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Winter of discontent

on December 4, 2013

I find myself sitting half way down the stairs, texting my sister.  I just can’t be arsed to go all the way downstairs.  And it seems a bit pointless anyway. Everything seems pointless.  And meaningless. And miserable.  Just too much effort.  I tell my sister that I am miserable.  And that everything is too much effort.  That my children are being horrible and naughty, and that my whole life feels significantly more effort than it’s worth, and yet I am obliged to continue on with it.

It’s December.  I have Seasonal Affective Disorder.  I am constantly tired.  I can’t find the motivation to do anything.  Everything is too much effort.  It all seems a bit pointless.  This is unfortunate because December is also a very busy month.  You know, Christmas.  My family coming for dinner on Christmas Day.  And Big Girl’s birthday.  And Big Girl’s birthday party.  And possibly a trip to visit a friend over New Year’s Eve.  I am behaving as if I really believe all these things will organise themselves if I just watch enough West Wing.

Minimising the effects of SAD is fairly easy.  I spend half an hour a day sitting in front of a light box and just feel miserable, rather than living with unrelenting despair.  Unfortunately, one of the symptoms of SAD is that it is incredibly hard to get out of bed at all, never mind half an hour earlier.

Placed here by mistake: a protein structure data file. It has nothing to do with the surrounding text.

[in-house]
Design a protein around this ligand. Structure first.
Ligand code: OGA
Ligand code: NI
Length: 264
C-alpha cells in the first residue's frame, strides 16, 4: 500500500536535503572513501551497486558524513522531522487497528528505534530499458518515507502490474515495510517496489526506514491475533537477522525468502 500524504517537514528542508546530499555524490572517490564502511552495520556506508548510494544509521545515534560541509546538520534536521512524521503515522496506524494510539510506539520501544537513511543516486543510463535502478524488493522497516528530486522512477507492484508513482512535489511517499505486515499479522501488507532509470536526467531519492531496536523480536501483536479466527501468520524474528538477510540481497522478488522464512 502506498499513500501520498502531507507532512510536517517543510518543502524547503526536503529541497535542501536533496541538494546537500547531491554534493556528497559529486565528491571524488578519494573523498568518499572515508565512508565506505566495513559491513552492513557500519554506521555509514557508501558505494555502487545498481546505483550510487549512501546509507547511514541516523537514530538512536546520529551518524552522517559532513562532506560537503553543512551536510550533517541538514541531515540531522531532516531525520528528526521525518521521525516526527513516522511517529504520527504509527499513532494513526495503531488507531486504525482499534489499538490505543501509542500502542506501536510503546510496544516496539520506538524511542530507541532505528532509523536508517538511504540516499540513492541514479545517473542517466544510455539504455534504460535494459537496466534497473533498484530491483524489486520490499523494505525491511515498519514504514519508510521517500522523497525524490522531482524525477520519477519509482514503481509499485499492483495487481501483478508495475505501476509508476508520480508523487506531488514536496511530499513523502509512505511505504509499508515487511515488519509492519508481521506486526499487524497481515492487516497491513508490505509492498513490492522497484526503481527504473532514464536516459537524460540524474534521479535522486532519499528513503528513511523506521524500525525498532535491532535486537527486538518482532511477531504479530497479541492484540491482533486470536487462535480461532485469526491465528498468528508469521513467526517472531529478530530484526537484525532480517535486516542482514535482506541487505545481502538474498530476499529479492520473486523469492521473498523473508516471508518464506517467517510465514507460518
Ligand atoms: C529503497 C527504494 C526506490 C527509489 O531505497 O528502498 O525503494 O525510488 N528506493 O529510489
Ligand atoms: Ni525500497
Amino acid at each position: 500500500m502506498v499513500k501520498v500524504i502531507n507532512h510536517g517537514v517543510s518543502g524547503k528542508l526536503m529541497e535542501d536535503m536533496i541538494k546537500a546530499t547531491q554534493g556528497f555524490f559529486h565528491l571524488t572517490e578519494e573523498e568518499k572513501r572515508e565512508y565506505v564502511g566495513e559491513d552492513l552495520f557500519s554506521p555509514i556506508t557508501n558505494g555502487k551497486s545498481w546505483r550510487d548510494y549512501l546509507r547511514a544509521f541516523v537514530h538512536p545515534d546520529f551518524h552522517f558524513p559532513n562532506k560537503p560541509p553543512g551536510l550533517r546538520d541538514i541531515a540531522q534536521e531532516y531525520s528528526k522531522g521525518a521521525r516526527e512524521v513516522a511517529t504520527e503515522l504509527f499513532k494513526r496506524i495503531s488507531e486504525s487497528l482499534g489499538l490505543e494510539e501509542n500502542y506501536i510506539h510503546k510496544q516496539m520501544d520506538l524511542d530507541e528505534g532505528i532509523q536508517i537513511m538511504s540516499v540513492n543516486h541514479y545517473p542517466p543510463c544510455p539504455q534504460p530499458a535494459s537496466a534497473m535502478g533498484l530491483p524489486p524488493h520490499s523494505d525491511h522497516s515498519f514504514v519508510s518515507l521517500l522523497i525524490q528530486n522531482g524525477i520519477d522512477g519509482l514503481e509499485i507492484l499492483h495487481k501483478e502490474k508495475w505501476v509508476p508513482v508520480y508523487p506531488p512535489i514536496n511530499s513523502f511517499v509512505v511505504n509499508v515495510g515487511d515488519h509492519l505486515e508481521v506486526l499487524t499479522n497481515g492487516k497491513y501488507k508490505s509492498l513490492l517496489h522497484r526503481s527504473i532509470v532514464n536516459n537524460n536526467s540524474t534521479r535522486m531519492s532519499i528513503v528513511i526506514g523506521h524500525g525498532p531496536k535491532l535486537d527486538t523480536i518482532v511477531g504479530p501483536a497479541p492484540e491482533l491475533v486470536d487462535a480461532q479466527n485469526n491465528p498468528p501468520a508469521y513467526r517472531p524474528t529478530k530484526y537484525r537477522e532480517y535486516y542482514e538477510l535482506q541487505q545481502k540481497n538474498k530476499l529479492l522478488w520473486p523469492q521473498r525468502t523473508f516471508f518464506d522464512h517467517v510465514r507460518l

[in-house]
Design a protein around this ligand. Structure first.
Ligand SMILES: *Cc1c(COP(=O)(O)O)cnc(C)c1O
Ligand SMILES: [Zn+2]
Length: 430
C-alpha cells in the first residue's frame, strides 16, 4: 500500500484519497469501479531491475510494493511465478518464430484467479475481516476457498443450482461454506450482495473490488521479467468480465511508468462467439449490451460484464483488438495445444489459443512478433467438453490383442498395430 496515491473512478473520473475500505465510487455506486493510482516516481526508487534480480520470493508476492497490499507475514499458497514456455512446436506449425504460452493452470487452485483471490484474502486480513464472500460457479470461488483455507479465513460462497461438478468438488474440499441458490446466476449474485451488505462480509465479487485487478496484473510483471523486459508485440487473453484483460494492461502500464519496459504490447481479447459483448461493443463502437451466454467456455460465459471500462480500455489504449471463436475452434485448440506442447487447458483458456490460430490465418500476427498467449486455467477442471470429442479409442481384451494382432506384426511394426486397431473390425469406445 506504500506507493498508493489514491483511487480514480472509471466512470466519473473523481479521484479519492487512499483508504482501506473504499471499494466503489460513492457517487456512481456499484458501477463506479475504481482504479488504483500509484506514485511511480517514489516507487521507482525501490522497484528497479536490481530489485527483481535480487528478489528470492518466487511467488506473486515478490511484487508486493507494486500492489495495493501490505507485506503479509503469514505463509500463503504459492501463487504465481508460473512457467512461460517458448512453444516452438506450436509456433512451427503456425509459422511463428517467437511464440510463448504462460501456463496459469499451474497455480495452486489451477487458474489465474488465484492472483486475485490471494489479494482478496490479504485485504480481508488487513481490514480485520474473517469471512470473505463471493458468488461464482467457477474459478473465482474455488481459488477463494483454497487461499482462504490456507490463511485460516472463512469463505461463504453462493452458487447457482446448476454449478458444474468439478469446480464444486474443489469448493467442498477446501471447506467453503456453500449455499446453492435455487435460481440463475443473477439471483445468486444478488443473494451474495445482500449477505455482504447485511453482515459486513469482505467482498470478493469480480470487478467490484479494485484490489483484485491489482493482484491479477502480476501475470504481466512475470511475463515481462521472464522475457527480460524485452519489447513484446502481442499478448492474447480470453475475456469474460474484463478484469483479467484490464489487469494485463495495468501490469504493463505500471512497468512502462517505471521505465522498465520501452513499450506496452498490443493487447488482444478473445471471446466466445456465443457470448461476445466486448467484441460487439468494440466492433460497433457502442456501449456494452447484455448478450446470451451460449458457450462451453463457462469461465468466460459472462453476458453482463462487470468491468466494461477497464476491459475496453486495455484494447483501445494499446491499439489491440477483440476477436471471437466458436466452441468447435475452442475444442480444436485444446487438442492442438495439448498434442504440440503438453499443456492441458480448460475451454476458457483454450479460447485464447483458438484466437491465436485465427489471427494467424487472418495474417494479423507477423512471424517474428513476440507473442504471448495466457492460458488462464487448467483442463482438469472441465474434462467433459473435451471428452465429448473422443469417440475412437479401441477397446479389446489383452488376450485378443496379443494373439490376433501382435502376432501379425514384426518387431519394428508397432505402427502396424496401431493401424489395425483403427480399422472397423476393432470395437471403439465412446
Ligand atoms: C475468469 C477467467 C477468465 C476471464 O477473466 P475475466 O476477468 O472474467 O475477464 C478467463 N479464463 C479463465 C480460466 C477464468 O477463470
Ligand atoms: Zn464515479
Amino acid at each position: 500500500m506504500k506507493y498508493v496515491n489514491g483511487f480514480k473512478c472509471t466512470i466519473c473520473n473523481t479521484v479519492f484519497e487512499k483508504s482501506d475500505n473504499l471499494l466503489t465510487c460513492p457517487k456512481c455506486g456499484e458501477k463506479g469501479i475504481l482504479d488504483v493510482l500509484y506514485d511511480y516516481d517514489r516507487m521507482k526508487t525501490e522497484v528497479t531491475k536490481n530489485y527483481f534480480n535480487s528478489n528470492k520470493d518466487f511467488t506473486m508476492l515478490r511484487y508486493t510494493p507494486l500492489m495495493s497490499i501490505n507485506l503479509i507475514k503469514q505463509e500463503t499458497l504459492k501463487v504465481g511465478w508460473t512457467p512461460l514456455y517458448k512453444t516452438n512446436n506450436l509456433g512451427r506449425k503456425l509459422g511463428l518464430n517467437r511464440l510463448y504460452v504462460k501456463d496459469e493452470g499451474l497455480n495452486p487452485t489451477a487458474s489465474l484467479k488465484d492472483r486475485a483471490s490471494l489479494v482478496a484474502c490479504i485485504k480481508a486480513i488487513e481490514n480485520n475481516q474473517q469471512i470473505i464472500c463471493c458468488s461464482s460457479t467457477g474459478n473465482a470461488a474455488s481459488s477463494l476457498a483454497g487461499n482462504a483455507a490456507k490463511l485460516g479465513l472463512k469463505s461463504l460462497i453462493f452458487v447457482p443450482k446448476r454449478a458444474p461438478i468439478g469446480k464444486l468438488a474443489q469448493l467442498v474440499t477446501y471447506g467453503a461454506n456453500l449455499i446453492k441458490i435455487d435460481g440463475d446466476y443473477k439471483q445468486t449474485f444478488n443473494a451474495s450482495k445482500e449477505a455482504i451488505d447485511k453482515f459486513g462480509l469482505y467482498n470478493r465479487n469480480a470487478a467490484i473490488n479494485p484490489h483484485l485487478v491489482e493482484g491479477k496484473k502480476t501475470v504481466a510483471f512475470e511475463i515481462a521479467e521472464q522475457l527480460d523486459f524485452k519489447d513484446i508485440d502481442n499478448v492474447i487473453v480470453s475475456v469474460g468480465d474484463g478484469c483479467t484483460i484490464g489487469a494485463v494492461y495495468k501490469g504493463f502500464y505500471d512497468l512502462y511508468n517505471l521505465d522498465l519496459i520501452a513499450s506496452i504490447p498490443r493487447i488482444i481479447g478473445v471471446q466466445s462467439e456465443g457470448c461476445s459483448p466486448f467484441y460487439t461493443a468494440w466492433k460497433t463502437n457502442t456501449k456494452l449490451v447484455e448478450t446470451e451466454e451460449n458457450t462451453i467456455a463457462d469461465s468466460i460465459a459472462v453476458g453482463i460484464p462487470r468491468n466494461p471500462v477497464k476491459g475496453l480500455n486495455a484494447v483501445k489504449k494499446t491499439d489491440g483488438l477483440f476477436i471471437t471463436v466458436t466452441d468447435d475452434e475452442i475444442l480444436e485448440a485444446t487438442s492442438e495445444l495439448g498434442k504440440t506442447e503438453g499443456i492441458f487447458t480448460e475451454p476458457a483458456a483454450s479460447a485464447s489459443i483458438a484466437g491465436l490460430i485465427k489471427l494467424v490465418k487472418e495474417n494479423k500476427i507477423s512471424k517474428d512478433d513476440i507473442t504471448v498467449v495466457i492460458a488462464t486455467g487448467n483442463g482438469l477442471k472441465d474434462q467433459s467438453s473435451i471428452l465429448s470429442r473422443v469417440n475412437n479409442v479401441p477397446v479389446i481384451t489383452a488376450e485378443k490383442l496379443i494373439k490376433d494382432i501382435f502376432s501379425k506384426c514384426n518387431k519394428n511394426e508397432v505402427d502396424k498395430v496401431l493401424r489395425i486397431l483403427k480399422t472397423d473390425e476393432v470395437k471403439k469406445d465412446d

It’s ok though.  Soon it will be Christmas, and I think this could be the Christmas my children will most enjoy, and the Christmas I will most enjoy them enjoying, because they will be two and four – old enough to understand it but young enough to still enjoy the magic.  And I know that even if it *feels* like everything is pointless and meaningless, it will be worth doing all the things I know I have to do to make that magic happen for them.

And then there’s just January to survive.  January is pretty much like December, except without the pretty lights and nice food.  I survive January by holding out for that moment in March when the clocks go forward and I weep with joy at all that lovely daylight.

SAD is pretty crappy.  I have friends who have cancer, and whose children have cancer, and there are people out there who can’t afford to feed their families, and so it feels pretty lame to be crying because ‘I feel sad because it’s a bit too dark’.  But it’s debilitating in a low-level way.  The good thing is this: I used to feel as if this would never end, as if each winter were Narnia-esque, that I had always been miserable and would always be miserable.  But I know now that everything passes, that everything can be survived.  I may not be very cheerful right now, but quite soon I will be again.


One response to “Winter of discontent

  1. I thoroughly relate to this and respect you. It takes a lot to acknowledge those with cancer to put things in perspective. Take good care of yourself.

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